An Eagle Editorial, "Freeze means big cuts" (Oct. 17 Opinion), said that gubernatorial candidate Sam Brownback's intention to freeze state general fund spending would cause big cuts in programs by not replacing federal stimulus money. The unspoken presumptions were that every government program and service is essential and that every program and service is being provided as efficiently as possible.
Most programs are never examined to determine whether they are effective, and independent efficiency studies are rarely conducted. Yet we're to believe that government could not possibly spend less money without wreaking havoc on taxpayers?
Governments commonly present taxpayers with "Soprano"-like ultimatums — either pay higher taxes or surrender necessary services — as though there are no other options. But there are countless options.
For example, eight consecutive studies conducted by the Kansas Legislative Division of Post Audit found ways that schools could operate more efficiently and still meet outcome requirements. State employees pay far less for medical insurance coverage than private-sector employees. The state spends millions of dollars on overtime, conference travel, organization dues and advertising campaigns. In 2009, it spent enough mileage reimbursement to fund 25 round-trips to the moon.
Government not only can spend a lot less money, it must for the sake of the state's economic future. Admittedly, that sounds a bit alarmist, but consider the facts.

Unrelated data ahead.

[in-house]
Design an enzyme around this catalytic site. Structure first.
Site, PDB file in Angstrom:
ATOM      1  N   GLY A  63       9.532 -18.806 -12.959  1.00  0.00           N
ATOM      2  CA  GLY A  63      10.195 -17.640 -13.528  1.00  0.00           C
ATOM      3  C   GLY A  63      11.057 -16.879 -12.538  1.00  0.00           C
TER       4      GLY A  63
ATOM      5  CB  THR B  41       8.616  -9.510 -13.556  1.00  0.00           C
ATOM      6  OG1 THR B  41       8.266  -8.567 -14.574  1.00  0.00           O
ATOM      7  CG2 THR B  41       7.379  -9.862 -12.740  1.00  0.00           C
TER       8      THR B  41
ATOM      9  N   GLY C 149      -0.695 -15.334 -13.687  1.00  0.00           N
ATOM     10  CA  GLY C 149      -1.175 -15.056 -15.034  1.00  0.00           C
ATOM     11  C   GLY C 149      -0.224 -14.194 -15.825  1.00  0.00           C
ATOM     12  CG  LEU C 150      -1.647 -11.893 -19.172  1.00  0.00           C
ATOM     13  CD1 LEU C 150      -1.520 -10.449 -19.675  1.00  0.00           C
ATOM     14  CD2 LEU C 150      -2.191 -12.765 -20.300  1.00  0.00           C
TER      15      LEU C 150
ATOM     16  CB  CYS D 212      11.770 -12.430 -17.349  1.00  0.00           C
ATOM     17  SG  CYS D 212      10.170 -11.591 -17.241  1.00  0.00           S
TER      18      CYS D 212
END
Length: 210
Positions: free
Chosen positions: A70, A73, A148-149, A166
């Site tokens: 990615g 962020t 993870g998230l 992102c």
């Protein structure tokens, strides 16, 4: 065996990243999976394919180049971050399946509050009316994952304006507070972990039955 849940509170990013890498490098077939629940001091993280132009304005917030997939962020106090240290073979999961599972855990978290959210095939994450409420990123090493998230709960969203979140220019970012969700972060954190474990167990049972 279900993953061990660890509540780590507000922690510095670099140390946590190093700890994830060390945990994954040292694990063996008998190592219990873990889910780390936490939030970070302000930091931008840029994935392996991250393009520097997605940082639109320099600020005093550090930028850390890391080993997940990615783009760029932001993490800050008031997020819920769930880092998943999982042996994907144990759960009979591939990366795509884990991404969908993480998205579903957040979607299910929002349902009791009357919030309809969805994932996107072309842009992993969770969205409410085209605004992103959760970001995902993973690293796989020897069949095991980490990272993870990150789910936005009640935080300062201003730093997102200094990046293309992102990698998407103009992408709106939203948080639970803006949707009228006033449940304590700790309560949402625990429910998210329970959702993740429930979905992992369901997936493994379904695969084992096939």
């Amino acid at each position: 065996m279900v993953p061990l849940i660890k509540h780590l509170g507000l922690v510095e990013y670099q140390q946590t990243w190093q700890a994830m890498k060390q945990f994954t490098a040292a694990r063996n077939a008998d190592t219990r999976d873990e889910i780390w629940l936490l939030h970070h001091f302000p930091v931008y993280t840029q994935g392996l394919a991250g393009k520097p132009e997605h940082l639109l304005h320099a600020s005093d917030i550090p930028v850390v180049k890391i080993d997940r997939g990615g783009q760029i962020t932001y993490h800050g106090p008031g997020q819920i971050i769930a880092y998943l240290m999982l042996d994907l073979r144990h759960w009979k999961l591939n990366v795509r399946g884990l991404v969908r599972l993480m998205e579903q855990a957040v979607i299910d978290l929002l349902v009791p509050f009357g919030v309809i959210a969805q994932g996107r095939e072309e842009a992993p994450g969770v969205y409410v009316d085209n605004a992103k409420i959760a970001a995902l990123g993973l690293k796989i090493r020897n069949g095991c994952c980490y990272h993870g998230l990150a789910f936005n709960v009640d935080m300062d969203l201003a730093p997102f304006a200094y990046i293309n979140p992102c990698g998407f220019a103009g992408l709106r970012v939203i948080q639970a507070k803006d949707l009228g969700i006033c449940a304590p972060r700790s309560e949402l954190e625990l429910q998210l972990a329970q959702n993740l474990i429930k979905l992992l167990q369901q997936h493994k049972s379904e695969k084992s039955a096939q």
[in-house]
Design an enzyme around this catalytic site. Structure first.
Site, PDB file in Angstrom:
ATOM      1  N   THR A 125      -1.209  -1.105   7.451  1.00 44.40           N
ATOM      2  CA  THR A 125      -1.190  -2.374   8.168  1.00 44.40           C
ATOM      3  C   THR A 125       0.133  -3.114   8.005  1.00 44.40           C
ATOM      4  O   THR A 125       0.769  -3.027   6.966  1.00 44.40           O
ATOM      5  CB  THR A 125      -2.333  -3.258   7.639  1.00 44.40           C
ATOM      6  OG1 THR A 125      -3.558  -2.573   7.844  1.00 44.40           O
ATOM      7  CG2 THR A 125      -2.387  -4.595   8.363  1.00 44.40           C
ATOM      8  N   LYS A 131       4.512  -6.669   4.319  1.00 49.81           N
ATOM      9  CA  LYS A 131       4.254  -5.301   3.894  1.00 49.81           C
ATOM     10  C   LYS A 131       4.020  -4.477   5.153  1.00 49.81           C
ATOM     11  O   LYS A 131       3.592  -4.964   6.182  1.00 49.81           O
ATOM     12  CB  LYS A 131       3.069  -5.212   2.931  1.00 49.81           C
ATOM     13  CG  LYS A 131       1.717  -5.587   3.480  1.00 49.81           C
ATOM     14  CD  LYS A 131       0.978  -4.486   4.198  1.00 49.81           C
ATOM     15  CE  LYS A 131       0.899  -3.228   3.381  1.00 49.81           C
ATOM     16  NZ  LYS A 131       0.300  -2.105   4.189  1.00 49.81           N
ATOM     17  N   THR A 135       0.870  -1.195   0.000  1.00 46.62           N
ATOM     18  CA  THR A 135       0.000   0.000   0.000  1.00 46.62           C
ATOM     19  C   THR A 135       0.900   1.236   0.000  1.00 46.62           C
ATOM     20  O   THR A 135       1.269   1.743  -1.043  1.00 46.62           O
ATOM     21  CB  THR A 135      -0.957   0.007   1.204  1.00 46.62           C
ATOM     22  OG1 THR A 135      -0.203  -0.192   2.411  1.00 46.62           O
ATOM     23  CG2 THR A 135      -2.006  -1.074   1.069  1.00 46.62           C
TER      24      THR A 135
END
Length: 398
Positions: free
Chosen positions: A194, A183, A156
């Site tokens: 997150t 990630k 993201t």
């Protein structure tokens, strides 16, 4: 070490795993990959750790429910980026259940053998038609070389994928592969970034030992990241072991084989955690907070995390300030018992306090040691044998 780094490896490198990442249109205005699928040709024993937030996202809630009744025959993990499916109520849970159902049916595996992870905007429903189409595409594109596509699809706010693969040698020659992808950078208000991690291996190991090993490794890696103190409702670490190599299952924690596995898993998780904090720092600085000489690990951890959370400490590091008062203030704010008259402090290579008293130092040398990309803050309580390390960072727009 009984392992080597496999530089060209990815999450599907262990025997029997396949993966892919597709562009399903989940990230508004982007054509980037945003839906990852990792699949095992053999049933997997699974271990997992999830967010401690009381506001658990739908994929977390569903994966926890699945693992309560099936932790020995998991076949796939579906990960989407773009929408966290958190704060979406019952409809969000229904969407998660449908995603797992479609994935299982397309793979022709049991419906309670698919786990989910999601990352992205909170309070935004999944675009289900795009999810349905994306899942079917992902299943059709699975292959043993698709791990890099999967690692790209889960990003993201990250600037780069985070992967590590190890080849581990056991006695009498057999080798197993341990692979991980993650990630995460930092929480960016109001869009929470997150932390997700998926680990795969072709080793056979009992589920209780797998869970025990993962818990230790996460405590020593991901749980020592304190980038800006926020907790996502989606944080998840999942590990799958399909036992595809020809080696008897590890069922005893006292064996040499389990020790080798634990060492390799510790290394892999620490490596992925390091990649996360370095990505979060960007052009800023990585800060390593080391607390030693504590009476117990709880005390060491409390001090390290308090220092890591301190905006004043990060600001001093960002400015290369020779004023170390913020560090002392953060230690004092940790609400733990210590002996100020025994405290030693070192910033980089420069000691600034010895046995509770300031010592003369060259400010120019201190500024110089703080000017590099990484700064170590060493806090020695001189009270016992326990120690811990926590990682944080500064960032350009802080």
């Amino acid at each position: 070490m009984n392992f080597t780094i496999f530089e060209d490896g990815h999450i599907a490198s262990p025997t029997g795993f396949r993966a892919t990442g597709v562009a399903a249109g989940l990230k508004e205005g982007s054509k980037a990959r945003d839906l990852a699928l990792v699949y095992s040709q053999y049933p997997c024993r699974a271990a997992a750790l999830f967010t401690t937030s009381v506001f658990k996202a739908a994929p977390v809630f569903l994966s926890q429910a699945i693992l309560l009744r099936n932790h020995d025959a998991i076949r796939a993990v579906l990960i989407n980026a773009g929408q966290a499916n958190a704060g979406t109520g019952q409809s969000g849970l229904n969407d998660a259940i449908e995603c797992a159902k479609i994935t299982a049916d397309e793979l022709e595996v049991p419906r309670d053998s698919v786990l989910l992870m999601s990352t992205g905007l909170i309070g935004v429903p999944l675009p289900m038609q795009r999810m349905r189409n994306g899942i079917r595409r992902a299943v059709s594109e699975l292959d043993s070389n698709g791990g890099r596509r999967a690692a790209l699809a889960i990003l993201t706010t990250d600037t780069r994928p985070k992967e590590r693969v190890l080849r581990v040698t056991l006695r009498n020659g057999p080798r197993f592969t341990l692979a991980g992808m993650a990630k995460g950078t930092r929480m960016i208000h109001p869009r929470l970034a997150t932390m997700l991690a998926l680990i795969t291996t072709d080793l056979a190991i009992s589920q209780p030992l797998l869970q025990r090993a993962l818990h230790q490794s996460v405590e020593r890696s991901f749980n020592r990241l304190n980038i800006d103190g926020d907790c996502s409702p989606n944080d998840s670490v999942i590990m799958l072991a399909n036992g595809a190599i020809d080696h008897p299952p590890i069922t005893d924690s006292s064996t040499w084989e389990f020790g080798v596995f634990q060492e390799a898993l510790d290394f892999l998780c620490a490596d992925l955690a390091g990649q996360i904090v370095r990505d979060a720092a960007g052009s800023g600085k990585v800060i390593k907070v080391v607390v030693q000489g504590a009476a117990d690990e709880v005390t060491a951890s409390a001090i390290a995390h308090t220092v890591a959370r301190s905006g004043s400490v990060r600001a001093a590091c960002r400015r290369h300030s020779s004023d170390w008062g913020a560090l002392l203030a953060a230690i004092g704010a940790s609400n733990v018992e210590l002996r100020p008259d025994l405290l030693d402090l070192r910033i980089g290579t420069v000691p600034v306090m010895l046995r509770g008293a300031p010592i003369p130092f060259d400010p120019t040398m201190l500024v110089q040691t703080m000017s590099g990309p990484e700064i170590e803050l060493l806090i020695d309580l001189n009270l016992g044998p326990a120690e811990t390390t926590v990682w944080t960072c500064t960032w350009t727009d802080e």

Private-sector jobs in Kansas increased just 5.2 percent between 1998 and 2008, well below the national average of 7.9 percent and worse than all but one neighboring state. We've also lost population because of domestic migration (U.S. residents moving in and out of states), representing 2.5 percent of total population over the past decade and the worst performance in the region.
At the same time, our state and local tax burden increased significantly. State and local tax collections jumped 59 percent between 1999 and 2009, but income available to pay taxes only increased 38 percent.
It's not a coincidence that Kansas underperformed in job creation and lost on domestic migration while the tax burden rose; it's part of a very clear national pattern.
Between 1998 and 2008, the 10 states with the lowest combined state and local tax burdens averaged 16.5 percent private job growth and gained 3.8 percent population from domestic migration; the 10 states with the highest tax burdens grew jobs by just 6.1 percent and lost 3.3 percent population from domestic migration. Tax burden rankings are provided by the Tax Foundation using fiscal-year 2008 data.
Kansas was ranked No. 21 but is now likely well inside the top 20, with nearly $500 million in increases just this year between sales, unemployment and property taxes.
By cutting spending and reducing the tax burden, Kansas can become a state that leads in job creation and attracts population, but only if we're willing to make the necessary changes.